Her surrogate fathers liked her, and taught her well, well enough for recruiters to notice her and find her and offer her a job at the one thing she did really skillfully, the one thing she truly loved:  Killing men.

They taught her all the tricks of the trade that she didn’t already know, then turned her loose and watched in amazement as she invented brand new tricks.

Her original orders were to kill him, only nobody knew who he was, much less what he was or what he looked like.

By the time she learned his secret, she was already in love with him.

She killed his handler on that first mission, and told her handlers that the dead man had been the spy.

She didn’t tell her side that she had kidnapped the real spy, and kept him locked safely in a toy box in her closet.

He escaped, of course, but he couldn’t hate her; that was impossible.

She excited him, aroused him, summoned forth feelings he never thought he’d experience again.

His cause be damned:
She was his woman.

They hid their relationship from their superiors, and she had to hide his true nature from her side as well.

The noose began tightening around them, however.  Questions were being asked, demands were being made.

Their brief and sporadic hours of happiness came further and further apart, until finally they came to the one they knew would be the last, the climax (as it were) to their relationship.

“Are you afraid?”

“No, my dear.”

They both knew at best only one of them would leave the garret alive, albeit wounded non-fatally in the heart.

The Latvian was the best assassin for hire.  There were men — and one woman — better than he, but they were all committed players.

The Latvian would work for anyone who would pay him.

Who to shoot first? she wondered.

If she shot her lover then the Latvian (she could sense him, practically smell him lurking near the edge of the garret window) would doubtlessly kill her.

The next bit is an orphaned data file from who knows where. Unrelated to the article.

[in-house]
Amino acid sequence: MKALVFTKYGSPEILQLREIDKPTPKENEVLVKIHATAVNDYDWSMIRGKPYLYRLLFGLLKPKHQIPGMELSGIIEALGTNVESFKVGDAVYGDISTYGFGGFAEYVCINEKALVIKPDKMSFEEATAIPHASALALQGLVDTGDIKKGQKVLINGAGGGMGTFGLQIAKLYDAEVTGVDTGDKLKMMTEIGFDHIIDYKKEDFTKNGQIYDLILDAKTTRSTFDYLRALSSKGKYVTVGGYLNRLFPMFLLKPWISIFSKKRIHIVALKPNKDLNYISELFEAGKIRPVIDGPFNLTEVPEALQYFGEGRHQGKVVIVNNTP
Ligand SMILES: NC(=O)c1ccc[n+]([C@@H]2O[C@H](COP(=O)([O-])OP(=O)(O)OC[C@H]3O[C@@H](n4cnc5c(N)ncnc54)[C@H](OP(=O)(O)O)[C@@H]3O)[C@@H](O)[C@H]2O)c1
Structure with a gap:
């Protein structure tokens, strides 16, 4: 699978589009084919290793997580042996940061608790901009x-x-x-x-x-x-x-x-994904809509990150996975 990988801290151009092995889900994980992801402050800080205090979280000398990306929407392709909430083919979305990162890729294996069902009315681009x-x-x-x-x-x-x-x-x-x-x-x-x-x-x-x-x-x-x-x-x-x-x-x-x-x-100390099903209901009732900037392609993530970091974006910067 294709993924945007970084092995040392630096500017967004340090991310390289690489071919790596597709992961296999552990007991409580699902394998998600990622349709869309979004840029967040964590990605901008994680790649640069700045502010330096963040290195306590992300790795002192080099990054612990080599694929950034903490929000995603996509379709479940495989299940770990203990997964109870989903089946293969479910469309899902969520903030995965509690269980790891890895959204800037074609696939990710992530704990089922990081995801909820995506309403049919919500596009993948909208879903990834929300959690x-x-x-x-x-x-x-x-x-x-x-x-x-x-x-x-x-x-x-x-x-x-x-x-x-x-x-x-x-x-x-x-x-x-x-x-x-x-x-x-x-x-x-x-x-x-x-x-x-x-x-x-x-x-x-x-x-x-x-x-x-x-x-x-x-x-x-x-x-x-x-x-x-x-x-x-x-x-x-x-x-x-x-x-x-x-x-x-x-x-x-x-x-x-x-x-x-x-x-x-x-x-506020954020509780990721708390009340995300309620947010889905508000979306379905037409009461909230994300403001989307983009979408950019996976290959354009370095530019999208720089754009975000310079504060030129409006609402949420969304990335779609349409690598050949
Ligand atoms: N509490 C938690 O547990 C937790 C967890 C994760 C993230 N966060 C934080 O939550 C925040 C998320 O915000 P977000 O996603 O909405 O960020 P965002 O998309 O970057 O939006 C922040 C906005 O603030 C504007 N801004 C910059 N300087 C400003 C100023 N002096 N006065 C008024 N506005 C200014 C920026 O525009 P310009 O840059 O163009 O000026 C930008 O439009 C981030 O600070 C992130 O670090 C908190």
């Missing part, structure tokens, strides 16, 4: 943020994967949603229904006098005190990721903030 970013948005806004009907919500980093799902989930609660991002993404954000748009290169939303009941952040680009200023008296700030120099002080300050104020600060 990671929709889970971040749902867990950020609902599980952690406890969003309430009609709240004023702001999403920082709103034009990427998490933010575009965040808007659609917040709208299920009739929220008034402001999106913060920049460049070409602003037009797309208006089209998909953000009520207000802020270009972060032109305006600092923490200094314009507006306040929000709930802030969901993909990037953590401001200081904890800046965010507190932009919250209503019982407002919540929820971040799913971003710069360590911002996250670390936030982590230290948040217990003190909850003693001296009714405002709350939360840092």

And if she shot the Latvian, wouldn’t her lover spring forward with a concealed switchblade and stab her through the heart?

You already stabbed me through the heart, you bastard.

A faint creak on the roof:
The time of decisions had passed.

Whipping out her customized 9mm Taurus PT92 from under her pillow, she fired a single impeccably aimed, instinctively guided Barnes TAC-XP round through the head of her lover and into the heart of the Latvian.

The Latvian blinked in surprise and died with a look of disappointment on his face, as if he’d already been mentally spending his bonus.

Her lover just lay there motionless — genuinely, for once – his now truly lifeless eyes staring at the cockroaches mating on the ceiling.

She gave him a last chaste kiss on the cheek, her tears soaking his fur, then dressed, turned out the lights, left the garret, and locked the door behind her.

Sixteen hours later she crouched atop the Chrysler Building in Manhattan with a 7.62mm Dragunov SVD-63 sniper rifle.

But that’s another story…

Teddy Bear Spy

text © Buzz Dixon